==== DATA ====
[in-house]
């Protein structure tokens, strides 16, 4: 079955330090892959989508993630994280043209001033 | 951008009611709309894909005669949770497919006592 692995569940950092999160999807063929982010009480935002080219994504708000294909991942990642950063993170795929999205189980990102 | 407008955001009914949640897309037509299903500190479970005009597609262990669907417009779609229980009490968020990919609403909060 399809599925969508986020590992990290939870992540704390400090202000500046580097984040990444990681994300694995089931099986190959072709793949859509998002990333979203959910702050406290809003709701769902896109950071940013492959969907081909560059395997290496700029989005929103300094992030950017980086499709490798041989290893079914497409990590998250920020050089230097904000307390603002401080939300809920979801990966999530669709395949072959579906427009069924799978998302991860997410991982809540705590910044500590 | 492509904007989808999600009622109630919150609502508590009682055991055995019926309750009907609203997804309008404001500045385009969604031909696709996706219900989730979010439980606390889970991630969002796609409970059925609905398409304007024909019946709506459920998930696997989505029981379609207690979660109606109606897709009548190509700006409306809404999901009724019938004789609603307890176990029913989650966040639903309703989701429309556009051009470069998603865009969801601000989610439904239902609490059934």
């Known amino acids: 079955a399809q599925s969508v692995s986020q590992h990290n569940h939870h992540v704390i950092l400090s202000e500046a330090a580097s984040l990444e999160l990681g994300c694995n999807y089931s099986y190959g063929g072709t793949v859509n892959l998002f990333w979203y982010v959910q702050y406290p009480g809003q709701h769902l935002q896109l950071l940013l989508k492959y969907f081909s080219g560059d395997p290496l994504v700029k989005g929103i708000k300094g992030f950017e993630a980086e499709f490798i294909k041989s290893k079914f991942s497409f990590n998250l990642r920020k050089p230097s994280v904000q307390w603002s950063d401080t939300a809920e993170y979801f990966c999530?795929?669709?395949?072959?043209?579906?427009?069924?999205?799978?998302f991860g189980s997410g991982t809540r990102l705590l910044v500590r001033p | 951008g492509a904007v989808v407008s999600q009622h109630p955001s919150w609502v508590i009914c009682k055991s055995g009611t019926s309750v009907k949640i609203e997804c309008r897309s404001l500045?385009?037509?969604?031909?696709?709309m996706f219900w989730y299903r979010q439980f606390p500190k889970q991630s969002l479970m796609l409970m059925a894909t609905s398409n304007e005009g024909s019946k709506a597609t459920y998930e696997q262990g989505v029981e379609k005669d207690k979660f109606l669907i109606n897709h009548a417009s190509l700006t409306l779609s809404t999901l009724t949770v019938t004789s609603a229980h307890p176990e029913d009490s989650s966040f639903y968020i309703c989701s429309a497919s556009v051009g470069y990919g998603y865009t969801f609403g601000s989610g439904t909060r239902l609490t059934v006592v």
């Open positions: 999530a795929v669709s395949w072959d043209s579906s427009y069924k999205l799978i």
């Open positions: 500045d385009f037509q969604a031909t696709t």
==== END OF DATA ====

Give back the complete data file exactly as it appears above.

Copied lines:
[in-house]
């Protein structure tokens, strides 16, 4: 079955330090892959989508993630994280043209001033 | 951008009611709309894909005669949770497919006592 692995569940950092999160999807063929982010009480935002080219994504708000294909991942990642950063993170795929999205189980990102 | 407008955001009914949640897309037509299903500190479970005009597609262990669907417009779609229980009490968020990919609403909060 399809599925969508986020590992990290939870992540704390400090202000500046580097984040990444990681994300694995089931099986190959072709793949859509998002990333979203959910702050406290809003709701769902896109950071940013492959969907081909560059395997290496700029989005929103300094992030950017980086499709490798041989290893079914497409990590998250920020050089230097904000307390603002401080939300809920979801990966999530669709395949072959579906427009069924799978998302991860997410991982809540705590910044500590 | 492509904007989808999600009622109630919150609502508590009682055991055995019926309750009907609203997804309008404001500045385009969604031909696709996706219900989730979010439980606390889970991630969002796609409970059925609905398409304007024909019946709506459920998930696997989505029981379609207690979660109606109606897709009548190509700006409306809404999901009724019938004789609603307890176990029913989650966040639903309703989701429309556009051009470069998603865009969801601000989610439904239902609490059934």
């Known amino acids: 079955a399809q599925s969508v692995s986020q590992h990290n569940h939870h992540v704390i950092l400090s202000e500046a330090a580097s984040l990444e999160l990681g994300c694995n999807y089931s099986y190959g063929g072709t793949v859509n892959l998002f990333w979203y982010v959910q702050y406290p009480g809003q709701h769902l935002q896109l950071l940013l989508k492959y969907f081909s080219g560059d395997p290496l994504v700029k989005g929103i708000k300094g992030f950017e993630a980086e499709f490798i294909k041989s290893k079914f991942s497409f990590n998250l990642r920020k050089p230097s994280v904000q307390w603002s950063d401080t939300a809920e993170y979801f990966c999530?795929?669709?395949?072959?043209?579906?427009?069924?999205?799978?998302f991860g189980s997410g991982t809540r990102l705590l910044v500590r001033p | 951008g492509a904007v989808v407008s999600q009622h109630p955001s919150w609502v508590i009914c009682k055991s055995g009611t019926s309750v009907k949640i609203e997804c309008r897309s404001l500045?385009?037509?969604?031909?696709?709309m996706f219900w989730y299903r979010q439980f606390p500190k889970q991630s969002l479970m796609l409970m059925a894909t609905s398409n304007e005009g024909s019946k709506a597609t459920y998930e696997q262990g989505v029981e379609k005669d207690k979660f109606l669907i109606n897709h009548a417009s190509l700006t409306l779609s809404t999901l009724t949770v019938t004789s609603a229980h307890p176990e029913d009490s989650s966040f639903y968020i309703c989701s429309a497919s556009v051009g470069y990919g998603y865009t969801f609403g601000s989610g439904t909060r239902l609490t059934v006592v």
């Open positions: 999530a795929v669709s395949w072959d043209s579906s427009y069924k999205l799978i």
């Open positions: 500045d385009f037509q969604a031909t696709t």